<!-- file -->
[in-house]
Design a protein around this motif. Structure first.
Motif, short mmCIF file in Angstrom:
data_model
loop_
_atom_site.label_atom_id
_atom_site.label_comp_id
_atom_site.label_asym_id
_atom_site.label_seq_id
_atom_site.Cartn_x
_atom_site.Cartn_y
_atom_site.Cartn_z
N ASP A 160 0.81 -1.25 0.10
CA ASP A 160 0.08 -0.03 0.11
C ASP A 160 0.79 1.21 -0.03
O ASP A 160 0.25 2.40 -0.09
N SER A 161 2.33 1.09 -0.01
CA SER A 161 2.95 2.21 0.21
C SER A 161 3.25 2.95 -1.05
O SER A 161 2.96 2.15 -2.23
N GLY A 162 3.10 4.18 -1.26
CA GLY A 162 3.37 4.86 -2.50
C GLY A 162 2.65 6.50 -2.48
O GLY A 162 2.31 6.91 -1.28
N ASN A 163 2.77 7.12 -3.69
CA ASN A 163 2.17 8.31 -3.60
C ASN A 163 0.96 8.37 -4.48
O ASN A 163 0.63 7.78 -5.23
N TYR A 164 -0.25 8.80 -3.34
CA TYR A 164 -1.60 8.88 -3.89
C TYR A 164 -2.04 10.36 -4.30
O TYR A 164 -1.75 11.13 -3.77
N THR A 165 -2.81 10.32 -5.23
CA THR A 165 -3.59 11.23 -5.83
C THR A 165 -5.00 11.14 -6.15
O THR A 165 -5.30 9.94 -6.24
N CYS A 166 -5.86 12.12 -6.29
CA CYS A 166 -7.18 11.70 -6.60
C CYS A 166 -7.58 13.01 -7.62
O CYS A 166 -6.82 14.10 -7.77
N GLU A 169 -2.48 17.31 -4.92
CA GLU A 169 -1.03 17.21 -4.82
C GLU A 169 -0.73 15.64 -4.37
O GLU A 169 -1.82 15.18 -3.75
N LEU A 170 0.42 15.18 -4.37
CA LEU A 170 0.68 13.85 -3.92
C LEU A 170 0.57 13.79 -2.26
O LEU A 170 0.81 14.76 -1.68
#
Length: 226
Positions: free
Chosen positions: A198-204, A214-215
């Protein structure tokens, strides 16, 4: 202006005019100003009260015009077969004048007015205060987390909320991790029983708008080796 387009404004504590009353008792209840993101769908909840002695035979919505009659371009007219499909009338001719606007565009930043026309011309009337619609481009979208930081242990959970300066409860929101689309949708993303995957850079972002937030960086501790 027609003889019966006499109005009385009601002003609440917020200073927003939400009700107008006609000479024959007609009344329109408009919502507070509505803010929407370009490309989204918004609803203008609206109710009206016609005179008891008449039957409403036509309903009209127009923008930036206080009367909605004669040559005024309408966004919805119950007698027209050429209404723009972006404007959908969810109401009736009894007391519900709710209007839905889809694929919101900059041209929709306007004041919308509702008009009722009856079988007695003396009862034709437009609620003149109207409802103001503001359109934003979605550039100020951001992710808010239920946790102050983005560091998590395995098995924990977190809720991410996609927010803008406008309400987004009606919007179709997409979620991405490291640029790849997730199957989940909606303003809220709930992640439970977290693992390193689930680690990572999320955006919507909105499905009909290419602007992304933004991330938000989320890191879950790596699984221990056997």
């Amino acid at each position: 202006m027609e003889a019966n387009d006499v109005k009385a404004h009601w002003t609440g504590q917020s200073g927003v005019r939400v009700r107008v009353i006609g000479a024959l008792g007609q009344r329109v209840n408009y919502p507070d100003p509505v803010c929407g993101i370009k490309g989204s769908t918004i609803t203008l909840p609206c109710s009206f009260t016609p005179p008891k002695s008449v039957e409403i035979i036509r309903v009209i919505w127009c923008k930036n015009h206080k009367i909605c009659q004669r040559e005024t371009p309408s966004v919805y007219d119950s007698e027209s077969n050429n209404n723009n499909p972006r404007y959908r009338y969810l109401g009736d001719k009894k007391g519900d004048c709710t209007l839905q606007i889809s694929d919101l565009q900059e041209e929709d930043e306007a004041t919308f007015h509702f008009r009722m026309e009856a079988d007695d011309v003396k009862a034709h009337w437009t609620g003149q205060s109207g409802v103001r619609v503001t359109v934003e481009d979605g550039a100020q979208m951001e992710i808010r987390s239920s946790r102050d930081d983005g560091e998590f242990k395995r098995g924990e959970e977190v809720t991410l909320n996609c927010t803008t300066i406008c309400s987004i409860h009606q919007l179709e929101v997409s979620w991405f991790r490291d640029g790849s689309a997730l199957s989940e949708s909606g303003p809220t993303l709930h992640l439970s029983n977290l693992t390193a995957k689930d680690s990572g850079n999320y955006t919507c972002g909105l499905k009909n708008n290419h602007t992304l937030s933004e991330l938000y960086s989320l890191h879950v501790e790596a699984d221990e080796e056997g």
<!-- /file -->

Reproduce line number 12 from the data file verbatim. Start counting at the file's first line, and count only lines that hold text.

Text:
_atom_site.Cartn_z